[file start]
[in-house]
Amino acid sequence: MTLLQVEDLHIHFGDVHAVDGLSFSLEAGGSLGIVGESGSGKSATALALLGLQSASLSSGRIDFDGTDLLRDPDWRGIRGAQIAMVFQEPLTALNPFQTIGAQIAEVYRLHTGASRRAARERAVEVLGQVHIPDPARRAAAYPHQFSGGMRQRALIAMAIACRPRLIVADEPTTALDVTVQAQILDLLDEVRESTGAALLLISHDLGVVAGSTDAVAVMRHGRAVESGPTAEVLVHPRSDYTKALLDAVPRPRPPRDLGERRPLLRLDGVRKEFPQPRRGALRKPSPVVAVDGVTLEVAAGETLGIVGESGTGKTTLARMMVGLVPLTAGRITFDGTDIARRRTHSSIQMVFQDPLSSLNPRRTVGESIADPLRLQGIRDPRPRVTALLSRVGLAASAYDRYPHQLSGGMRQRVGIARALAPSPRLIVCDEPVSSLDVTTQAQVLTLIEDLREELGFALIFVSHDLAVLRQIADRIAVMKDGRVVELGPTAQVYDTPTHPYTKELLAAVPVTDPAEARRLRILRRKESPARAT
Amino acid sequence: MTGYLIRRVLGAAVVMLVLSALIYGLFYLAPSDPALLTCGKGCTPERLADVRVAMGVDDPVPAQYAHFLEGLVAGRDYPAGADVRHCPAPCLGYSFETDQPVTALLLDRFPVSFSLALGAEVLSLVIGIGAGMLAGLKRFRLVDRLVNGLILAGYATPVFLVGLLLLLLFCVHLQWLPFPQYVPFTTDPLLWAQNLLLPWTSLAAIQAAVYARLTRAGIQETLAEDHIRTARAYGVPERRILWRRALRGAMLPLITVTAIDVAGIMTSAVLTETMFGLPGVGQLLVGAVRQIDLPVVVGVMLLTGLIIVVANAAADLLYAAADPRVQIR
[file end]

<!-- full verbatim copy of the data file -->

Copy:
[in-house]
Amino acid sequence: MTLLQVEDLHIHFGDVHAVDGLSFSLEAGGSLGIVGESGSGKSATALALLGLQSASLSSGRIDFDGTDLLRDPDWRGIRGAQIAMVFQEPLTALNPFQTIGAQIAEVYRLHTGASRRAARERAVEVLGQVHIPDPARRAAAYPHQFSGGMRQRALIAMAIACRPRLIVADEPTTALDVTVQAQILDLLDEVRESTGAALLLISHDLGVVAGSTDAVAVMRHGRAVESGPTAEVLVHPRSDYTKALLDAVPRPRPPRDLGERRPLLRLDGVRKEFPQPRRGALRKPSPVVAVDGVTLEVAAGETLGIVGESGTGKTTLARMMVGLVPLTAGRITFDGTDIARRRTHSSIQMVFQDPLSSLNPRRTVGESIADPLRLQGIRDPRPRVTALLSRVGLAASAYDRYPHQLSGGMRQRVGIARALAPSPRLIVCDEPVSSLDVTTQAQVLTLIEDLREELGFALIFVSHDLAVLRQIADRIAVMKDGRVVELGPTAQVYDTPTHPYTKELLAAVPVTDPAEARRLRILRRKESPARAT
Amino acid sequence: MTGYLIRRVLGAAVVMLVLSALIYGLFYLAPSDPALLTCGKGCTPERLADVRVAMGVDDPVPAQYAHFLEGLVAGRDYPAGADVRHCPAPCLGYSFETDQPVTALLLDRFPVSFSLALGAEVLSLVIGIGAGMLAGLKRFRLVDRLVNGLILAGYATPVFLVGLLLLLLFCVHLQWLPFPQYVPFTTDPLLWAQNLLLPWTSLAAIQAAVYARLTRAGIQETLAEDHIRTARAYGVPERRILWRRALRGAMLPLITVTAIDVAGIMTSAVLTETMFGLPGVGQLLVGAVRQIDLPVVVGVMLLTGLIIVVANAAADLLYAAADPRVQIR